One challenge facing a postlingually-deafened adult cochlear implant (CI) user is the possibility that there may be a frequency mismatch between the incoming acoustic signal and the characteristic frequency of the neurons stimulated by the implant. While listeners can clearly adapt to frequency mismatches, there is a lack of information that can allow us to separate the adaptation to frequency mismatches from other distortions that CI users face. In the proposed experiments, we address this issue by examining CI users who have residual hearing in the contralateral ear. Given that frequency mismatches are often heard perceptually as a change in the pitch of the signal relative to the representation stored in long-term memory, we plan to compare the pitch percepts elicited by electrical stimulation with those from the acoustic hearing in the contralateral ear, and observe whether those percepts change over time. Our assumption is that such changes in electrical pitch perception indicate adaptation to a frequency mismatch. By this line of logic, we plan to address the issue of quantifying adaptation to frequency mismatch via three experiments. In the first experiment, we plan to ask CI patients who have sufficient residual hearing in the contralateral ear to match the pitch elicited by stimulation of a given electrode to the pitch elicited by a tone presented to the acoustic-hearing ear. We plan to follow these pitch matches over the first two years of device use, and determine whether changes in pitch perception are also related to changes in speech perception. In the second experiment, we plan to determine the cochlear size and the location of the electrode within the cochlea. From this, we can estimate the amount of frequency mismatch that a given CI user faces. Then, using the data obtained in Experiment 1, we will explore whether larger initial frequency mismatches are associated with larger amounts of adaptation, or with worse overall performance. Finally, in the third experiment, we plan to track electric-acoustic evoked interactions in the P1-N1-P2 complex over the first two years of device use in order to obtain an objective measure of adaptation to frequency mismatch. Taken together, these proposed experiments represent one of the first attempts to quantify the amount of frequency mismatch a given patient has, and the extent to which they are able to adapt to that mismatch. As such, they address a significant lack of knowledge in the cochlear implant field. More importantly, the information gained from these proposed projects has the potential to directly shape future fitting of cochlear implants, and may have an effect on patient care. Here, we propose the use of novel techniques to address this key issue, and as such, we believe that the proposed research has a strong translational component that may ultimately benefit public health for hearing-impaired populations.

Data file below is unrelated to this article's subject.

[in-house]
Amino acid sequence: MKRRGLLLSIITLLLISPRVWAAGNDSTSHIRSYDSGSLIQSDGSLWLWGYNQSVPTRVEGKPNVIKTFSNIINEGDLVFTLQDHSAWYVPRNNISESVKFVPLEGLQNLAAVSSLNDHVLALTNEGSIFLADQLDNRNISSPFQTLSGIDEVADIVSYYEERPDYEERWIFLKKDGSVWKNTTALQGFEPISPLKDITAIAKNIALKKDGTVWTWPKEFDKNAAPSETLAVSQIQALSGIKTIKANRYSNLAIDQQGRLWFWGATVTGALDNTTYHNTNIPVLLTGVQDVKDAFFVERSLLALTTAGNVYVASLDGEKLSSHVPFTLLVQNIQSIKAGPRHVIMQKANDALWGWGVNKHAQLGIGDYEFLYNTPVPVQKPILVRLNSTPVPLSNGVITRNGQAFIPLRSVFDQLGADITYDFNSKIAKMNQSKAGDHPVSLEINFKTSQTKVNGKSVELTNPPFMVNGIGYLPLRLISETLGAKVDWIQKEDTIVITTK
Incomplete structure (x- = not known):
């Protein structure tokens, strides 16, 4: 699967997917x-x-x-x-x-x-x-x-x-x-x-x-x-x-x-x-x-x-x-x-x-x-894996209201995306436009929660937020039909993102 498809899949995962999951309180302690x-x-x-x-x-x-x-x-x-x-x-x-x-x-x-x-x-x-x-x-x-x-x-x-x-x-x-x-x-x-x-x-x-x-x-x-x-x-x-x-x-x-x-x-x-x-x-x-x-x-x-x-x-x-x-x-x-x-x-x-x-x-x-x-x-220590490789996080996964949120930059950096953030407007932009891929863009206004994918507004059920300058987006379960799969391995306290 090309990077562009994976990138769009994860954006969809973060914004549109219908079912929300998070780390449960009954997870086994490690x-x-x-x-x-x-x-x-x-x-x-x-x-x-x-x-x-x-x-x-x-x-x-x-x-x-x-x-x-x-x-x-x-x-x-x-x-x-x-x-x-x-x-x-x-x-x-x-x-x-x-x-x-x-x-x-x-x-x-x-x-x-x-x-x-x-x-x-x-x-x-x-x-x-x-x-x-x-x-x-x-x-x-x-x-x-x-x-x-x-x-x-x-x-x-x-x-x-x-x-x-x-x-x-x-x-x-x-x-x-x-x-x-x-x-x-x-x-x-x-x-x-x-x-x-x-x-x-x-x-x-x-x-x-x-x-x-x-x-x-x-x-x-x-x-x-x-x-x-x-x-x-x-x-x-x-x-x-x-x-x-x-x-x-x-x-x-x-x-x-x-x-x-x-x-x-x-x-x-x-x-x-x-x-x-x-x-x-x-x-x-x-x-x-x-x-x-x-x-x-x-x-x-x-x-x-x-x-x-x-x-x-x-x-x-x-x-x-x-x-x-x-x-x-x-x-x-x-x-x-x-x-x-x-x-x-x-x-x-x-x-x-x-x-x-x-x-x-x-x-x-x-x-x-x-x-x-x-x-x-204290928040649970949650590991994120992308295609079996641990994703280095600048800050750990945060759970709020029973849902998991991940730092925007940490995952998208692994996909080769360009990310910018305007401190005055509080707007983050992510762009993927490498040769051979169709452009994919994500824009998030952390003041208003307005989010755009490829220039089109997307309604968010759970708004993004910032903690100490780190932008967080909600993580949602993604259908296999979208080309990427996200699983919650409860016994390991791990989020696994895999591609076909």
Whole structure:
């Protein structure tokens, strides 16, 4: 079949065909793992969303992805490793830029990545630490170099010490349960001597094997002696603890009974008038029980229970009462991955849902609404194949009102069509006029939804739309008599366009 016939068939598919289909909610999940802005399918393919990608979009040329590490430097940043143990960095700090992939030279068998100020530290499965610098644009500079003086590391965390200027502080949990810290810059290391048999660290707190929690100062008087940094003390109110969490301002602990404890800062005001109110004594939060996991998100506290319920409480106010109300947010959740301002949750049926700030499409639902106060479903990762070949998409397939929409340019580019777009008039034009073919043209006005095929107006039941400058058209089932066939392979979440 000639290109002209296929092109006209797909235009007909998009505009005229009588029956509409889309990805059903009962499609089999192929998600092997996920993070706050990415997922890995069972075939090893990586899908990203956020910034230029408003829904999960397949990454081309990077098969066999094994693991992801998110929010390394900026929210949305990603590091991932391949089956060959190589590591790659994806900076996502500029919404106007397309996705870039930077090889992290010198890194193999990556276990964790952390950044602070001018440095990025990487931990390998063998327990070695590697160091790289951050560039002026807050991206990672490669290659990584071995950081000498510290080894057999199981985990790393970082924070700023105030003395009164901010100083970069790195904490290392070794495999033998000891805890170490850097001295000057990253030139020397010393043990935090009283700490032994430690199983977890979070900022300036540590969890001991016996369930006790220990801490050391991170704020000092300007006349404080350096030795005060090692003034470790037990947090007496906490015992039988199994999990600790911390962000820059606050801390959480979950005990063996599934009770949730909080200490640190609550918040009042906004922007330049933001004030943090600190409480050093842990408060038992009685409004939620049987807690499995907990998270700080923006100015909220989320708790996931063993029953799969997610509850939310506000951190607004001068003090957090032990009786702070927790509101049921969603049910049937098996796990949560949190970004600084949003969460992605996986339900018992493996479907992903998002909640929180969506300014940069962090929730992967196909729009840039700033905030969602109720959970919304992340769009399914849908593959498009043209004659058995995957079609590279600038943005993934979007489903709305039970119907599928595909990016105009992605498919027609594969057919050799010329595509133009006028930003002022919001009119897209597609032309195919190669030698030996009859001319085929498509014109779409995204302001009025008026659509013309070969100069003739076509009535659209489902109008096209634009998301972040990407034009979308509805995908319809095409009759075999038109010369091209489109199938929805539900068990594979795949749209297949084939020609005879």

Cochlear implants help many people hear, but the signal they provide can be significantly different from that provided by an intact auditory system. Patients who had acoustic hearing, lost it, and then received a cochlear implant, must adapt to the mismatch between the signal provided by the implant and the representations of speech that are stored in their long-term memory. The present study will investigate this adaptation process using behavioral and physiological measures, and this information may assist clinicians in helping patients optimize the benefit they obtain from their device.
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